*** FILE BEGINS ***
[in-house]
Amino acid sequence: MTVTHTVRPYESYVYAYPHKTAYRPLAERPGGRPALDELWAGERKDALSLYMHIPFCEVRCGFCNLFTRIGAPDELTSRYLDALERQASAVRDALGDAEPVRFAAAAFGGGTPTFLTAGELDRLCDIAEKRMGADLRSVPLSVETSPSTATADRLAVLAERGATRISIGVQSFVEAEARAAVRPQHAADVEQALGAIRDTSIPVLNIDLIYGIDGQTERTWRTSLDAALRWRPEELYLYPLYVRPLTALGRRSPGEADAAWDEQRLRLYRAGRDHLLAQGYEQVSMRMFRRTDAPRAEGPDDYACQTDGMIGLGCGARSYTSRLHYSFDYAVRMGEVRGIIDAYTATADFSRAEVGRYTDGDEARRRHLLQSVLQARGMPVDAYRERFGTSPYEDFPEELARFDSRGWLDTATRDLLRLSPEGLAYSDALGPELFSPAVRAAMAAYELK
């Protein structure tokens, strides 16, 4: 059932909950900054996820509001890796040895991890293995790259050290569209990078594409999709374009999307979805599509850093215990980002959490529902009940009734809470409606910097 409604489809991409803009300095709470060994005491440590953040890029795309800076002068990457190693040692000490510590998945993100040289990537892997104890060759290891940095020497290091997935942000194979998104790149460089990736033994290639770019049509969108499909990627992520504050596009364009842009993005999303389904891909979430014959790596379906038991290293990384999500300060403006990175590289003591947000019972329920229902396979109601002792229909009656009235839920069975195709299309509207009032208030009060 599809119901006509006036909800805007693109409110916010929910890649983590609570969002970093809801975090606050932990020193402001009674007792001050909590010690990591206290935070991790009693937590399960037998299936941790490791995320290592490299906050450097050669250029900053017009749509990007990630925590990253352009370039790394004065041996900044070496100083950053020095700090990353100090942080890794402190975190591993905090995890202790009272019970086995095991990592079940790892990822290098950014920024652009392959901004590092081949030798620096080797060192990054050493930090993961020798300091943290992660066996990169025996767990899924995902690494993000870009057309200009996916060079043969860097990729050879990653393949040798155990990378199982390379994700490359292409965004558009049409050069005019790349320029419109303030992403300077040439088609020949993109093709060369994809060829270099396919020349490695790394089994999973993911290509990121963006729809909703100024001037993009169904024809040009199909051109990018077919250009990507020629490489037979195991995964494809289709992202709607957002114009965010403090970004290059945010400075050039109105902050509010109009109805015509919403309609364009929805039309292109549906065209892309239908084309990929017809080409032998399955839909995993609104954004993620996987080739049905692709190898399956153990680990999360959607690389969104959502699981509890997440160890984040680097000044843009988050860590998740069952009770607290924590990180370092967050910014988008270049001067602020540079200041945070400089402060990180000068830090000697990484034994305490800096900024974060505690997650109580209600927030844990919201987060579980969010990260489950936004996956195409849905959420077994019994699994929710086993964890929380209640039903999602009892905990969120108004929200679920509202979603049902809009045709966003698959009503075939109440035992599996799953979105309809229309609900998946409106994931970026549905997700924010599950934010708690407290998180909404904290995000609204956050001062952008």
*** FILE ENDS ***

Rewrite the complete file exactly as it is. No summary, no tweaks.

[in-house]
Amino acid sequence: MTVTHTVRPYESYVYAYPHKTAYRPLAERPGGRPALDELWAGERKDALSLYMHIPFCEVRCGFCNLFTRIGAPDELTSRYLDALERQASAVRDALGDAEPVRFAAAAFGGGTPTFLTAGELDRLCDIAEKRMGADLRSVPLSVETSPSTATADRLAVLAERGATRISIGVQSFVEAEARAAVRPQHAADVEQALGAIRDTSIPVLNIDLIYGIDGQTERTWRTSLDAALRWRPEELYLYPLYVRPLTALGRRSPGEADAAWDEQRLRLYRAGRDHLLAQGYEQVSMRMFRRTDAPRAEGPDDYACQTDGMIGLGCGARSYTSRLHYSFDYAVRMGEVRGIIDAYTATADFSRAEVGRYTDGDEARRRHLLQSVLQARGMPVDAYRERFGTSPYEDFPEELARFDSRGWLDTATRDLLRLSPEGLAYSDALGPELFSPAVRAAMAAYELK
């Protein structure tokens, strides 16, 4: 059932909950900054996820509001890796040895991890293995790259050290569209990078594409999709374009999307979805599509850093215990980002959490529902009940009734809470409606910097 409604489809991409803009300095709470060994005491440590953040890029795309800076002068990457190693040692000490510590998945993100040289990537892997104890060759290891940095020497290091997935942000194979998104790149460089990736033994290639770019049509969108499909990627992520504050596009364009842009993005999303389904891909979430014959790596379906038991290293990384999500300060403006990175590289003591947000019972329920229902396979109601002792229909009656009235839920069975195709299309509207009032208030009060 599809119901006509006036909800805007693109409110916010929910890649983590609570969002970093809801975090606050932990020193402001009674007792001050909590010690990591206290935070991790009693937590399960037998299936941790490791995320290592490299906050450097050669250029900053017009749509990007990630925590990253352009370039790394004065041996900044070496100083950053020095700090990353100090942080890794402190975190591993905090995890202790009272019970086995095991990592079940790892990822290098950014920024652009392959901004590092081949030798620096080797060192990054050493930090993961020798300091943290992660066996990169025996767990899924995902690494993000870009057309200009996916060079043969860097990729050879990653393949040798155990990378199982390379994700490359292409965004558009049409050069005019790349320029419109303030992403300077040439088609020949993109093709060369994809060829270099396919020349490695790394089994999973993911290509990121963006729809909703100024001037993009169904024809040009199909051109990018077919250009990507020629490489037979195991995964494809289709992202709607957002114009965010403090970004290059945010400075050039109105902050509010109009109805015509919403309609364009929805039309292109549906065209892309239908084309990929017809080409032998399955839909995993609104954004993620996987080739049905692709190898399956153990680990999360959607690389969104959502699981509890997440160890984040680097000044843009988050860590998740069952009770607290924590990180370092967050910014988008270049001067602020540079200041945070400089402060990180000068830090000697990484034994305490800096900024974060505690997650109580209600927030844990919201987060579980969010990260489950936004996956195409849905959420077994019994699994929710086993964890929380209640039903999602009892905990969120108004929200679920509202979603049902809009045709966003698959009503075939109440035992599996799953979105309809229309609900998946409106994931970026549905997700924010599950934010708690407290998180909404904290995000609204956050001062952008």